We have discovered a simple process for preparing polymeric photographic supports using the low cost commercially available synthetic polymers, polystyrene, polyesters and polyolefins and as a result, production costs are substantially reduced. The process avoids the use of solvents either for preparing the support or for the adhesion of photosensitive layers such as gelatin-silver halide emulsions to the support. Neither polymer alone in sheet form possesses the desired properties but when the polymers are used in combination in the process of the invention, satisfactory physical properties including good tear strength and abrasion resistance are obtained well in excess of that expected. According to the invention, oriented polystyrene or polyester sheeting is activated by corona discharge on each surface and layers of polyethylene and then extruded onto the activated surfaces. The resultant sheet is translucent, flexible and has good dimensional stability. One of the polyethylene surfaces is then corona activated and photosensitive layer such as a gelatin-silver halide emulsion layer is coated on the surface. The polymer layers and the emulsion layer adhere well both dry and during processing in the usual photographic processing solutions. However, the sheet has a decided tendency to curl toward the emulsion surface which seriously limits its utility. Moreover, during handling of the sheet static charges accumulate which fog the light-sensitive emulsion layer. Accordingly, in a further embodiment of the invention a hydrophilic organic colloid layer, e.g. a gelatin layer and antistatic material, are coated on this polyethylene surface adequate to reduce static and substantially eliminate the curl propensity of the sheet. Unexpectedly, it was discovered that the lowest level of static and curl propensity is not readily obtainable if a single gelatin layer containing the antistatic material is coated upon the polyethylene surface. That is, apparently due to a coaction of the gelatin with the antistatic material, excessive amounts of gelatin are required to reduce curl and obtain optimum surface resistivity. For this reason, a preferred process of the invention includes the steps of corona activating the polystyrene or polyester surfaces, preferably immediately extruding polyethylene thereon, corona activating one polyethylene surface, coating the gelatin anticurl layer and then the antistatic layer, corona activating the other polyethylene surface and coating the light-sensitive layer thereon. The amount of gelatin used is about the same as present in the emulsion layer and about 10 to 50 percent less gelatin is needed compared to the mentioned process where a single layer of gelatin containing antistatic material is used. The product appears in cross section substantially as shown in the drawing. It is possible to coat the photosensitive layer before coating the gelatin and antistatic layers but is less preferred. In applying the gelatin and antistatic layers, optimum results are obtained by simultaneously coating these layers in that order on the polyethylene surface in the manner described in the examples below.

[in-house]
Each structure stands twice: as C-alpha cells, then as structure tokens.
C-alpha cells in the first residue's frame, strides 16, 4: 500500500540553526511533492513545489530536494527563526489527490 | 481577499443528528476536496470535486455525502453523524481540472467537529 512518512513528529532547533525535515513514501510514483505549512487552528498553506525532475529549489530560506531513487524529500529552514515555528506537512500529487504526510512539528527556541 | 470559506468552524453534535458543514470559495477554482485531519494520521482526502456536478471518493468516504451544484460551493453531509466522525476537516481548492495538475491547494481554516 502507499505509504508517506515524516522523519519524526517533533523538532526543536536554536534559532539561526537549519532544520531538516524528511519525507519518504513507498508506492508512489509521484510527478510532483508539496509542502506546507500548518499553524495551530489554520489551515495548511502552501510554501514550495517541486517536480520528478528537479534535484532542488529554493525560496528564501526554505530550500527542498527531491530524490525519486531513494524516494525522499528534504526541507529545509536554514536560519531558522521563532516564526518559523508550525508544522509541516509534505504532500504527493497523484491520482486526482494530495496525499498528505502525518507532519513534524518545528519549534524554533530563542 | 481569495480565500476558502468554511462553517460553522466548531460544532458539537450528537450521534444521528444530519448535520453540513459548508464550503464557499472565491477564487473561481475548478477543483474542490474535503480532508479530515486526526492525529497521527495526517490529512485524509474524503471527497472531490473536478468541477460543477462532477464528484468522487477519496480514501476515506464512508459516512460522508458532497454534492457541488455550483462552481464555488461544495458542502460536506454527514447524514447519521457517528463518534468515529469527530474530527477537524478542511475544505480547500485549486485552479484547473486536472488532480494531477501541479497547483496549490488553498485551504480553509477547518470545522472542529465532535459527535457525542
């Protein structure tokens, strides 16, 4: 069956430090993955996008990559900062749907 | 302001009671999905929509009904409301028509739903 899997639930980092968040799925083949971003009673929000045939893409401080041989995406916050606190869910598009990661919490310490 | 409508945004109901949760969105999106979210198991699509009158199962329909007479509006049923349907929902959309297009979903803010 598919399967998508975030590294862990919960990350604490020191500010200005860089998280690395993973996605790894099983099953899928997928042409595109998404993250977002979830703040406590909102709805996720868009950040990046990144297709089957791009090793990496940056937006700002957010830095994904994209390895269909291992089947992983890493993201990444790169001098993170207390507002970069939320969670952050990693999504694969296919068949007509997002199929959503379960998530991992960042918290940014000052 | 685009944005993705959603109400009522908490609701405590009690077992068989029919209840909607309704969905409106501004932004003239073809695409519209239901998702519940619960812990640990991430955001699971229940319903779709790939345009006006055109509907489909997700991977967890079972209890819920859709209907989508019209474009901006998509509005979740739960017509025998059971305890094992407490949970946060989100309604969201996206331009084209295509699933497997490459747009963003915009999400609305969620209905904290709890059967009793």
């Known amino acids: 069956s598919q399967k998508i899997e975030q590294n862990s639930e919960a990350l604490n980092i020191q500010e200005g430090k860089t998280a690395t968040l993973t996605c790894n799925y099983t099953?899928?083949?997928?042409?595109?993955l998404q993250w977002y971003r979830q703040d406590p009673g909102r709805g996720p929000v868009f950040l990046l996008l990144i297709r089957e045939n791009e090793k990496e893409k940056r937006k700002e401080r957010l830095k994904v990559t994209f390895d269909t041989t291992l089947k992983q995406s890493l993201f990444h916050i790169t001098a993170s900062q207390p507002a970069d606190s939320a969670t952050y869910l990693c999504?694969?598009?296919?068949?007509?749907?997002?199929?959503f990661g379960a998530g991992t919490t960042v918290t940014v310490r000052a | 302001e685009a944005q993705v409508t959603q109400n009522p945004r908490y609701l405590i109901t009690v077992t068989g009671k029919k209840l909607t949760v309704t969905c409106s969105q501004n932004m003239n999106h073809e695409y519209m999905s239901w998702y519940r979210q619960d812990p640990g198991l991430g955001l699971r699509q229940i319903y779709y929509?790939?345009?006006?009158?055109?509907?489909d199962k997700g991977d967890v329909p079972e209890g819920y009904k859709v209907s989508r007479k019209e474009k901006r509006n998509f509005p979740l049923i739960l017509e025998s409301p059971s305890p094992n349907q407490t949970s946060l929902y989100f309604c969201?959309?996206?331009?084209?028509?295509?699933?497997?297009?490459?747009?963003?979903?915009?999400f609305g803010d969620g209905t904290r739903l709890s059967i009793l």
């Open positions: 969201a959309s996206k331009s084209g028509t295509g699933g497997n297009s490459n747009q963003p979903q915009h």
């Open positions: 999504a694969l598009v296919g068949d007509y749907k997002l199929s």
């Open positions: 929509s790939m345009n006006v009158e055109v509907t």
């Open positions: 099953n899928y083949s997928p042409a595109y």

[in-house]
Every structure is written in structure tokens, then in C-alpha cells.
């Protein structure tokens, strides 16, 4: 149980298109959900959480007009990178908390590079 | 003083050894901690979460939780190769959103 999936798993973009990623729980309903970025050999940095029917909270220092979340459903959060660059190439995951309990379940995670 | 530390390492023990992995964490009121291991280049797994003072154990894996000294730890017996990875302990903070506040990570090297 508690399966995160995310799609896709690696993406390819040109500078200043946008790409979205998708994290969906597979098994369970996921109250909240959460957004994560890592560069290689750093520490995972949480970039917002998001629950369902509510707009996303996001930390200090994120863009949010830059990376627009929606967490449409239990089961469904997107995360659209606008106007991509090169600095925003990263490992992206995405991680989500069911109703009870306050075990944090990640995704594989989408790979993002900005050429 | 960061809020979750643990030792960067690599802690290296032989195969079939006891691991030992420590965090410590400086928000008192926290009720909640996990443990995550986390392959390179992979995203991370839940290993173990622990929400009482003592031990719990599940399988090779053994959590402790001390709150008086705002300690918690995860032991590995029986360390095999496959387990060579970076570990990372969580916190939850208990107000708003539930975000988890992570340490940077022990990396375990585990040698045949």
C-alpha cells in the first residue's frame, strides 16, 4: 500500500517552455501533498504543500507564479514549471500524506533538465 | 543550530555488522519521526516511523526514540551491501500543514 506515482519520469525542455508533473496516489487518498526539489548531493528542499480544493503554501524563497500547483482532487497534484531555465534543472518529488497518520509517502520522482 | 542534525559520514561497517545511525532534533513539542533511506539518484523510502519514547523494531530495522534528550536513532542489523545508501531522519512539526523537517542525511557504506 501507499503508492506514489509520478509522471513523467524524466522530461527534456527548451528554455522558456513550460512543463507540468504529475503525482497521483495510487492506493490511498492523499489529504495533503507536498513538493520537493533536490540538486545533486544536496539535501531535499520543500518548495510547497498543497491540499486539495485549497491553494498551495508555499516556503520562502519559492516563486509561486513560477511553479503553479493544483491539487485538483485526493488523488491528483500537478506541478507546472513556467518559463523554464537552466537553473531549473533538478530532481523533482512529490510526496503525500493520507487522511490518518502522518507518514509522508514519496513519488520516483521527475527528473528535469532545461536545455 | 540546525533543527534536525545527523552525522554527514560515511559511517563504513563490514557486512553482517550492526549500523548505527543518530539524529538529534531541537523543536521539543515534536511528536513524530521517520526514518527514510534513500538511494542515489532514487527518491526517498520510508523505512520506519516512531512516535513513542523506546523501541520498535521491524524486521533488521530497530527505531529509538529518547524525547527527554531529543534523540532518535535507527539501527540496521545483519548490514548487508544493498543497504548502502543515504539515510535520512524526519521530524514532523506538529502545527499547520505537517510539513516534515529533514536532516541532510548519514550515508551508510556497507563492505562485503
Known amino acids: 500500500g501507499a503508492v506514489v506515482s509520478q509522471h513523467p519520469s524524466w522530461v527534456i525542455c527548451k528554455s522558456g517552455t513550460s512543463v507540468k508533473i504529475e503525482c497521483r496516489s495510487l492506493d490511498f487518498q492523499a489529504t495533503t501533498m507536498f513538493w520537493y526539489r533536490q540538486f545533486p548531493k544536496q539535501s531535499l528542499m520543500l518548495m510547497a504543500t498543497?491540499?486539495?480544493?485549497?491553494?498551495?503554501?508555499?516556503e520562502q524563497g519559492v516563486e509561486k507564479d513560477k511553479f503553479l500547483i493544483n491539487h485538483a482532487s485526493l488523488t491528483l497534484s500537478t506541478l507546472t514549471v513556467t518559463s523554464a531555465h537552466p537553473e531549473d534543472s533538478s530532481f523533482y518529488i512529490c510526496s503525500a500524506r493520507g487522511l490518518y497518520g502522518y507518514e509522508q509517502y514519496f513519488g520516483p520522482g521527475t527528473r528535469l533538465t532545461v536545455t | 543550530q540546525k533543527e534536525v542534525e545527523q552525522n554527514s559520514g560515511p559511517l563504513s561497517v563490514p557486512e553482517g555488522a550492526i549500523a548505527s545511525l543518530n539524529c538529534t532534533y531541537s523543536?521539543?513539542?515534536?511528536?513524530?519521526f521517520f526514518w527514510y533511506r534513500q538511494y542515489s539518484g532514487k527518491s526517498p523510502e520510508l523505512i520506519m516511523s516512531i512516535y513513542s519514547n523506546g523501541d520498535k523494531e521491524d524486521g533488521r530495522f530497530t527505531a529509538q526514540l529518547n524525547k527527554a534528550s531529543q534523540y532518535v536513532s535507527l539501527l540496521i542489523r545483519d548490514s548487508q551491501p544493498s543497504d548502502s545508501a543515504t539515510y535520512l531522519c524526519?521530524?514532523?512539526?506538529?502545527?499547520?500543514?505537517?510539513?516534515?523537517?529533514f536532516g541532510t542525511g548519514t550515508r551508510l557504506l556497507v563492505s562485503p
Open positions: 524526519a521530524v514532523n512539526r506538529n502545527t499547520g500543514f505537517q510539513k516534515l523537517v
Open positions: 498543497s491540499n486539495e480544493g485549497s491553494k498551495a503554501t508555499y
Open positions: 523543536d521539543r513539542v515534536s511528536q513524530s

The accompanying drawing shows in greatly enlarged crosssectional view the appearance of a representative sensitive element of the invention. As shown, the polymeric surfaces 10 and 11 are corona activated to adhere the extruded polyethylene layers, and the surfaces 12 and 13 of the polyethylene are corona activated to adhere the gelatin emulsion layer 14 and the gelatin anticurl backing layer 15. The antistatic layer 16 is coated over the gelatin backing layer.

The polystyrene and polyester sheetings are biaxially oriented, preferably having a thickness in the range of about 0.0040.005 inch. The oriented sheeting is prepared by drafting and tentering a substantially thicker sheet in a well-known manner. Also, oriented polystyrene sheeting made by the wellknown blown film process is useful. Polystyrene as used herein includes oriented polystyrene modified by a minor amount of another polymer such as butadiene (about 2 to 5 percent). The polyester sheeting is linear polyester well known in the art including, e.g. polyethylene terephthalate obtained, e.g. as described in U.S. Pat. No. 2,465,319, and polyesters derived from terephthalic acid and 1,4 -cyclohexanedimethanol as described in U.S. Pat. No. 2,901,466.

The polyolefins are extruded onto the polystyrene or polyester so as to obtain about 2 to 4 lbs/1,000 sq. ft. of surface. The polyolefins used in the process are the aliphatic polyolefins, polyethylene, polypropylene and copolymers of ethylene and propylene. Useful polyethylenes have a density range of about 0.910 to 0.980 g./cc., their viscosity measured by melt index (ASTM D-l238, condition E) can be about 2.0 to 20.0, preferably 3.0 to 12.0 decigrams per minute and they can be about 40 to 90 percent crystalline. Useful polypropylenes have a density range of about 0.900 to 0.910, their viscosity measured by melt flow rate (ASTM D-l238, condition L) can be about 10 to 90, decigrams per minute and they can be about 60 to percent crystalline. The polyolefins are prepared by well-known methods of polymerization of ethylene and propylene using, for example, Zeigler catalyst. Blends of high-density polyolefins and lowdensity polyolefins (the latter originating from either initial polymerization of olefins to lower density, or by heat degradation of high-density polymer) can be employed. Other aliphatic polyolefins which are useful are the polyallomers, i.e. copolymers of ethylene and propylene prepared e.g. as described in the Hagemeyer U.S. Pat. applications Ser. Nos. 505,227 filed Oct. 26, 1965, 516, 783, and 516,677 filed Dec. 27, 1965.